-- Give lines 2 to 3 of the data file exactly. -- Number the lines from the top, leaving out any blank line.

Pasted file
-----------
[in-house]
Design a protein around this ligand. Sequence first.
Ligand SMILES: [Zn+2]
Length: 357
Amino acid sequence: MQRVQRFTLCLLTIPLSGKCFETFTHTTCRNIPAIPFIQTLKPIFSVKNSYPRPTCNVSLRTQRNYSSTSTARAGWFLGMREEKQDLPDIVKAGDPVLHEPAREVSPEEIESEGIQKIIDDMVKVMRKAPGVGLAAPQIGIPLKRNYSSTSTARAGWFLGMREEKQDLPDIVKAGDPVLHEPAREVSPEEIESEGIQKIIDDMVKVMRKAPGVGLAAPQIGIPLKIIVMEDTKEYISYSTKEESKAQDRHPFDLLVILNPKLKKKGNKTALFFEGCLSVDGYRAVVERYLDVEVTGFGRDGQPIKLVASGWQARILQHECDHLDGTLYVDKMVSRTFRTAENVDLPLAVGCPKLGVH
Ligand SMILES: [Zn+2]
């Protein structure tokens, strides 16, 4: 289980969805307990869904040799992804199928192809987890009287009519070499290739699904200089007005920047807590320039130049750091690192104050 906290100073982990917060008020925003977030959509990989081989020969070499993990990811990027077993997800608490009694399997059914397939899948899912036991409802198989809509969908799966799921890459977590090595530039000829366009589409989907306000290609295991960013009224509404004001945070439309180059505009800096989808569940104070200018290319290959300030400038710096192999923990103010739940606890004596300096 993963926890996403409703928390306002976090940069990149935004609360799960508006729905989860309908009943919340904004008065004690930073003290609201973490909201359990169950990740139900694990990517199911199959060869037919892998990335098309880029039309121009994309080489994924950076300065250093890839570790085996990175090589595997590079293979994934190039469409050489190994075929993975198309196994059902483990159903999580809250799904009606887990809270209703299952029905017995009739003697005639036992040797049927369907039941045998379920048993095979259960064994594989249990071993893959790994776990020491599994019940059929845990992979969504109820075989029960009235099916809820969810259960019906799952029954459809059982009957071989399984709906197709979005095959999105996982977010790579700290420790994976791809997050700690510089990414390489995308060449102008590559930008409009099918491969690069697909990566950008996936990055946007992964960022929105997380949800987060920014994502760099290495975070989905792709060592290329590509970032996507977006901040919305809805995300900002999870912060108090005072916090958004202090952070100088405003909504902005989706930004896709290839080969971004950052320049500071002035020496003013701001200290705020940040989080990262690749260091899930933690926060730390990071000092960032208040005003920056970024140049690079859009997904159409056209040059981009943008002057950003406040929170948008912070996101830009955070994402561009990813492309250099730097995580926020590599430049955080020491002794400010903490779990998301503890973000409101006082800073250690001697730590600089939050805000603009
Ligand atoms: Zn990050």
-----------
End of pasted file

Design a protein around this ligand. Sequence first.
Ligand SMILES: [Zn+2]